Thursday, June 20, 2013

Never doubt triple chin-ability


Eli turned 4 months yesterday.  We celebrated by taking him to the doctor and holding him down while strangers gave him shots; all the while pretending not to notice the look of ultimate betrayal in his eyes as he screamed at the top of his lungs. He’ll thank us one day.

I can’t believe how much he’s changed in four months.  He’s gone from 9 lbs to 16 lbs, and from 21.5” to 25" (I used to wonder why moms found those stats so fascinating.  I get it now).  And no offense to his newborn self, but he’s WAY more fun to be around now that he’s entertainable.


Over the past four months of interacting with friends, family, and neighbors I’ve decided that most people fall into one of five categories when it comes to the way they act around babies:

THE PREDATOR: This baby hunter cannot withstand the sight of infant chub.  Their teeth clamp together and their fingers twitch as they resist (or not) the urge to pinch those chubby jowls and squeeze those rolly polly thighs.  They talk in suppressed voices through clenched teeth, usually about how fat the babe is.

THE SOOTHER: This type is especially attracted to crying babies, and they base their value as baby caretakers on their ability to make the child fall asleep in their arms (the ultimate goal).  They can be seen swaying, swaddling, smushing, and talking in low, deep voices.  Most mothers develop this characteristic through habit, as exemplified by any mother’s inability to stand completely still.

THE SQUEALER: This person maintains a high pitched, rather loud voice when within a five foot radius of the baby, known to extend to up to 30 feet upon sighting.  It is related to the common “baby voice” syndrome, but louder, more unintelligible, and sustained for longer periods of time.

THE TIMID WORRIER: These are the people who are scared to make the baby cry.  They’re not entirely sure how to hold them, worry the whole time they might be hurting them, and if the baby utters so much as a peep while in their arms they feel judged as a terrible future parent.   They often quickly learn that babies cry no matter what.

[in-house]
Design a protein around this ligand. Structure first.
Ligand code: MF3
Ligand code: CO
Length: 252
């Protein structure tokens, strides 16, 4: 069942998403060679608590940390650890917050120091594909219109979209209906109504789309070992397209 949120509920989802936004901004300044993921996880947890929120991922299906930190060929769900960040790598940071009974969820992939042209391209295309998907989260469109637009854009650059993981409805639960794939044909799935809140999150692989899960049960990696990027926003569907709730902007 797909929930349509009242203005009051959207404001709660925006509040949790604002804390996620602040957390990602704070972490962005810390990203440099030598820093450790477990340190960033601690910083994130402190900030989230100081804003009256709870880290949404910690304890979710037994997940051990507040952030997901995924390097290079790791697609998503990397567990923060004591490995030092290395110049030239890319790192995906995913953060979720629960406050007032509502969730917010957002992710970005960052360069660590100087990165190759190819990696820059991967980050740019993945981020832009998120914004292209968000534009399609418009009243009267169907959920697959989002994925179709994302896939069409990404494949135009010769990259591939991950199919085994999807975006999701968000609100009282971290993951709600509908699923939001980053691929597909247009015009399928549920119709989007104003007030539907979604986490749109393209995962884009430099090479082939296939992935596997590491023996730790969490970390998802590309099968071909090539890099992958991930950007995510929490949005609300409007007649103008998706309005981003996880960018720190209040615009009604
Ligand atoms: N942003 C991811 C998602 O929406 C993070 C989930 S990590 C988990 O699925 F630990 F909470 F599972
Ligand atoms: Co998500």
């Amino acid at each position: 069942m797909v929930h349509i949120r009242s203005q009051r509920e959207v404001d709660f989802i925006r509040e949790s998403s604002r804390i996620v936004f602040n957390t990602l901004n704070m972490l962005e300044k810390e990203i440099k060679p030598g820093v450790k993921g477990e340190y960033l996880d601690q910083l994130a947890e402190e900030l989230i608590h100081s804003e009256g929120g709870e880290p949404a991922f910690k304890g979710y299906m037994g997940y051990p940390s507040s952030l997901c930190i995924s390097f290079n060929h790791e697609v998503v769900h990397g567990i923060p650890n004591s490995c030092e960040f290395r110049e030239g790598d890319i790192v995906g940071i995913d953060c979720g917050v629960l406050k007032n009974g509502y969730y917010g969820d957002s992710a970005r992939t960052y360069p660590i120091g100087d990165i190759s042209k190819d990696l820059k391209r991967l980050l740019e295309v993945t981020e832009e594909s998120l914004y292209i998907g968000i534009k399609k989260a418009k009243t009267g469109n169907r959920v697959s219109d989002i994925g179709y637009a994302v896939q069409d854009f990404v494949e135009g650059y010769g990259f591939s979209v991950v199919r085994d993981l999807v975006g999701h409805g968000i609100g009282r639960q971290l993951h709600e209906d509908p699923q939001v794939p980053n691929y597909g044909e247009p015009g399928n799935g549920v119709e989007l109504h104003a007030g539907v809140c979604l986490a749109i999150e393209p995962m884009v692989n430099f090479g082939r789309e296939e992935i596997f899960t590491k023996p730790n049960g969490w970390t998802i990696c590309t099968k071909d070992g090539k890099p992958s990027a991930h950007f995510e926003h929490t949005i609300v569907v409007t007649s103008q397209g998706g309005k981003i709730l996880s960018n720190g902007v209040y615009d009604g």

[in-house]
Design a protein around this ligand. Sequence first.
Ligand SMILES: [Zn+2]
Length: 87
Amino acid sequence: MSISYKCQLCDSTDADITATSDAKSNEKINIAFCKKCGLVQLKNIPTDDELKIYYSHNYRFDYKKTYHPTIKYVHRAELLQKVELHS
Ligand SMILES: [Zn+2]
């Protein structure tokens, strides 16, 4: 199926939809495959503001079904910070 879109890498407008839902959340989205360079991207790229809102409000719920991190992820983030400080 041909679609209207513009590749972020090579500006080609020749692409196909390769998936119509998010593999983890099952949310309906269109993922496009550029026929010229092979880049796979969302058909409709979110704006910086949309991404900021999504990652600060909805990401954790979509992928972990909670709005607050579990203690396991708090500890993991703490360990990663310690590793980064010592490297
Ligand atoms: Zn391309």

THE SOCIALIZER: This one loves to put the baby through their paces.  Look at me!  Can you smile?  Can you stick your tongue out?  Can you grab?  Let’s go look at all the items in the house!  Let’s go outside!  Let’s explore!  This is an especially popular characteristic in grandparents.

I’m so glad that Eli gets all these different types of attention and love.  There can be no doubt in his little mind that he is adored.

Sunday, June 16, 2013

Happy Father's Day!

Growing up our house was stocked with every Calvin and Hobbs comic book that was ever written.  I loved it.  My brothers and I would read and read until we had them memorized and then quote them at each other all day long.  Some of my favorites were the DAD PERFORMANCE reviews:



 So in honor of Father’s Day, I created my own performance review of my dad over the years:


Clearly my dad has always been awesome, whether I appreciated it at the time or not.  


And now because of his influence in my life I married a guy who is now an awesome father himself.  Zach and Eli are best buds and my heart pretty much explodes when I watch them together.






And now, just because I can’t resist the cuteness of my nieces and nephews, I have to share our gift to Randy for Father’s Day:



Yeah, they're irresistibly adorable.  You're welcome.
 
Thank you to all the dads out there.  You make the rockin’ world go round.